Or good old favorites like Jim Crow, banning Miscegenation and so forth. Really the bill of rights shouldn't apply to the states at all.
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Old 15th May 2019, 04:56 AM   #142
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Originally Posted by eeyore1954 View Post
I hope there is more to the story than the headline.
Yes and no. The judge ordered it with out any information at all. Of course he didn't ask for it. It was the state going after him for child support because the child was receiving state aid that caused the whole thing.

https://www.snopes.com/news/2017/10/...tody-of-child/
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Old 15th May 2019, 04:58 AM   #143
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Originally Posted by Meadmaker View Post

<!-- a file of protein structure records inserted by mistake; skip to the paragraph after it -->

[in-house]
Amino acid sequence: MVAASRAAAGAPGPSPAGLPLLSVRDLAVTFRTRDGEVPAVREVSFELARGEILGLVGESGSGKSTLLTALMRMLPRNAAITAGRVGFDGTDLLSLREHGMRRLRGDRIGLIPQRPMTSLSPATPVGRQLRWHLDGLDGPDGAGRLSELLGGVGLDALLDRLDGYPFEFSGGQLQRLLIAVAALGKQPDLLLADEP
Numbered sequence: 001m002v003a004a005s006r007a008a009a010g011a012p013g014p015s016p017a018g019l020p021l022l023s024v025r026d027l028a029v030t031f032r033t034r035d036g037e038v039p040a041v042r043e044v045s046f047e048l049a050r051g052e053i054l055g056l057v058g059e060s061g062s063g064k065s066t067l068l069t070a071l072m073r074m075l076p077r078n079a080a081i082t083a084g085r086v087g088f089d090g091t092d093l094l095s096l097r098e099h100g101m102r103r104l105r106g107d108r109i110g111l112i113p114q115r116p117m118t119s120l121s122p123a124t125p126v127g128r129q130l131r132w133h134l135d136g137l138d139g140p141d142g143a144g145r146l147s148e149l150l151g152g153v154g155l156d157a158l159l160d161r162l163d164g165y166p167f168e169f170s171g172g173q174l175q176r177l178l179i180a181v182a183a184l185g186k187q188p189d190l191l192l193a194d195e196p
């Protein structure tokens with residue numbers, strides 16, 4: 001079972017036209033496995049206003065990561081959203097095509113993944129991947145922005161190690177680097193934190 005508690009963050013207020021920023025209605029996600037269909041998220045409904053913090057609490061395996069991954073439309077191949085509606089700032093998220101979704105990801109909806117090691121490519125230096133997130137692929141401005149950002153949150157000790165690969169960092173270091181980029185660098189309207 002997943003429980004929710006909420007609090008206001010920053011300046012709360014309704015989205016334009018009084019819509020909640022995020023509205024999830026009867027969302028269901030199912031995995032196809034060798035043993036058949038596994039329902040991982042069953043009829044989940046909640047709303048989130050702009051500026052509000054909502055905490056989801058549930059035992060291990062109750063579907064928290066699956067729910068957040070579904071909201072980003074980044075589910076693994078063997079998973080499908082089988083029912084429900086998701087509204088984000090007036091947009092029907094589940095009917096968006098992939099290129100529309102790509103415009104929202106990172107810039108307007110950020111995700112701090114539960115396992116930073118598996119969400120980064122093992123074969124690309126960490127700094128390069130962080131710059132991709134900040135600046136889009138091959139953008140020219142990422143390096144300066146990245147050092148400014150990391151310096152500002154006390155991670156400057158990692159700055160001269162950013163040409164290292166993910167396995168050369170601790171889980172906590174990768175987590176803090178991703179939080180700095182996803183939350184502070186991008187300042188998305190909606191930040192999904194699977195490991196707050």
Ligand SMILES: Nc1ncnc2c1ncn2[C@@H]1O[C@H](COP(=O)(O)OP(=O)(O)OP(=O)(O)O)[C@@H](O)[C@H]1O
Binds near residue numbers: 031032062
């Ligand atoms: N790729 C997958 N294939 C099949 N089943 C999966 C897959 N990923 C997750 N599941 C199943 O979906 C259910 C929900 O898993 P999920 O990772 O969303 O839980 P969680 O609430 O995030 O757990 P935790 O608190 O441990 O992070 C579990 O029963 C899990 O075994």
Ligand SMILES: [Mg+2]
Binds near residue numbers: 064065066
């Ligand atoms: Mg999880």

If she deliberately takes it for the purpose of inducing a miscarriage, after the point of fetal heartbeat,
Well formed yoke sack really. But that medical specificity doesn't translate well into emotionally manipulating voters, like the political term "partial birth abortion"
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Old 15th May 2019, 05:11 AM   #144
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Originally Posted by ponderingturtle View Post
Or good old favorites like Jim Crow, banning Miscegenation and so forth. Really the bill of rights shouldn't apply to the states at all.
Yes, it's a matter of establishing the boundary between human rights so basic from a national perspective that states cannot rule against them and those things which can be set on a state by state basis. Fortunately this is a movable feast and the liberal policies of the last 70 years or so have enshrined so many rights at a national basis.

The right for women to choose currently fits in that first category but that same flexibility to change which has delivered so many enhancements to human rights may be set to deliver change in the other direction. If that's the will of the majority of people in the majority of states then it's only right and proper.